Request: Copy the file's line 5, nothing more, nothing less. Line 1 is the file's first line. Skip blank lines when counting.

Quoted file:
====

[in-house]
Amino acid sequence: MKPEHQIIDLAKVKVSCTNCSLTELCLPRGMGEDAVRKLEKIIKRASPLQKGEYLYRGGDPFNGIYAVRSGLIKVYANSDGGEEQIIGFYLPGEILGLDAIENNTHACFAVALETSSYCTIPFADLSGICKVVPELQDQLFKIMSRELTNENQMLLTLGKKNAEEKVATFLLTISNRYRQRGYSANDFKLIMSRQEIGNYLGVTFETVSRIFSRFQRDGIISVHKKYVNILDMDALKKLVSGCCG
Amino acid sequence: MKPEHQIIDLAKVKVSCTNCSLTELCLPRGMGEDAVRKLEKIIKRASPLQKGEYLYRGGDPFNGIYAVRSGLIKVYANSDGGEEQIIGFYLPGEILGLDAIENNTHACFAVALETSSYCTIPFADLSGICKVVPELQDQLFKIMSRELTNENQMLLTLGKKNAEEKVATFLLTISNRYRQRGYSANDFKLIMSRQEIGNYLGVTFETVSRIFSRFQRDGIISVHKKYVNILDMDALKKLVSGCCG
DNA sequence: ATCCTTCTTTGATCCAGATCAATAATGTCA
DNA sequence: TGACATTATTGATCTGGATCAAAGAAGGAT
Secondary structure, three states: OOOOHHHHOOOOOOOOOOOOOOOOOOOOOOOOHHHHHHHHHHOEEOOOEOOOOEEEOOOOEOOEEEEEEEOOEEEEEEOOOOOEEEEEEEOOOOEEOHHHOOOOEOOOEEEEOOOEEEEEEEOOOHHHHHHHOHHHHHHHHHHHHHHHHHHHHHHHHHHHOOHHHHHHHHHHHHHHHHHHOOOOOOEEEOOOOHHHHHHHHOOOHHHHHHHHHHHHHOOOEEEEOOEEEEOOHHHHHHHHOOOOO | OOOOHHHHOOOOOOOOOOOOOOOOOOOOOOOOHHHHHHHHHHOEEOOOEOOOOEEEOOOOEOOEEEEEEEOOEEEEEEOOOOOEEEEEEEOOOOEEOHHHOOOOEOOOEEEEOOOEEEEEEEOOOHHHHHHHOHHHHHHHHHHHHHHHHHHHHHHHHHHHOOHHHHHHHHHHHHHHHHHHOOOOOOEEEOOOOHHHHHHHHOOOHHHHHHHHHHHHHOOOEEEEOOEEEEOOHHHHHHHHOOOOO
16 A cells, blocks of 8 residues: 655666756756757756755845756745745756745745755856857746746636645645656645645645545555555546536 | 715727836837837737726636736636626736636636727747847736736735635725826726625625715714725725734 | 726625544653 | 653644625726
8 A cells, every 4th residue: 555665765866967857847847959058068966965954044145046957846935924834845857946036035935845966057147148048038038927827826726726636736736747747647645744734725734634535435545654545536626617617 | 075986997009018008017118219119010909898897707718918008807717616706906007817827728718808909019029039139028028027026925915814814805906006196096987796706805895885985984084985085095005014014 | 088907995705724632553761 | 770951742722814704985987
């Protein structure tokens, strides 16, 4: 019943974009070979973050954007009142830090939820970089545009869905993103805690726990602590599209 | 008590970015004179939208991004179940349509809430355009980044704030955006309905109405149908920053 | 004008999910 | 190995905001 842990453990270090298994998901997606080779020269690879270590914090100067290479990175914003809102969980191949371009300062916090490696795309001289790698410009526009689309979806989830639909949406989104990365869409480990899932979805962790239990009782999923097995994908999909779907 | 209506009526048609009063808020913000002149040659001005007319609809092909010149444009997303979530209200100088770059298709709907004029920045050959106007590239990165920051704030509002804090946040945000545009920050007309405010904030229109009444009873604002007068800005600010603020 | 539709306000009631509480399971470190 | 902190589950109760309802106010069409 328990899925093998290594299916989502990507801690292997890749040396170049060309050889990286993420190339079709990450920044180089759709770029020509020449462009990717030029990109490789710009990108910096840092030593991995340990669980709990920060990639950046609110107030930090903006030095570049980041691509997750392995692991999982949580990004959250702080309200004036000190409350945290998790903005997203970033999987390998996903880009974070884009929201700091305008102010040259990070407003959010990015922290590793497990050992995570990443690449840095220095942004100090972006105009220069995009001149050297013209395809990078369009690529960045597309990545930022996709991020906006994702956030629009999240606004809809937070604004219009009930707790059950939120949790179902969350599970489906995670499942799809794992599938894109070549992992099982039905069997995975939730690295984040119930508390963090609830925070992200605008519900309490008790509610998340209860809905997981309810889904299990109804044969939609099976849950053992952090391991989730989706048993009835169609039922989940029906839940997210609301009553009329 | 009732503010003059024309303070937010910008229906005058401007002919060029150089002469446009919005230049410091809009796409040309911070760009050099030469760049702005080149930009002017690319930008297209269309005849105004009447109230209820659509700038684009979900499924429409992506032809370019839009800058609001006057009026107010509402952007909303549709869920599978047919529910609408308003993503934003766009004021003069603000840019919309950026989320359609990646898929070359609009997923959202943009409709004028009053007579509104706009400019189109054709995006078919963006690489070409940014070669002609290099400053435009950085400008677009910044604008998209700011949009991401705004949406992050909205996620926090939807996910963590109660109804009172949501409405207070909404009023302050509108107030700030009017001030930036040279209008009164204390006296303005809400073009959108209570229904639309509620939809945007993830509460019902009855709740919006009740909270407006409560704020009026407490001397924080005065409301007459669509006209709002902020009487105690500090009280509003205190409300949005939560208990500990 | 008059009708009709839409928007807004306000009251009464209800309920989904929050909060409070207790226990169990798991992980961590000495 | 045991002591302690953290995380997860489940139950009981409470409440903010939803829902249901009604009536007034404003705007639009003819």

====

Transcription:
DNA sequence: TGACATTATTGATCTGGATCAAAGAAGGAT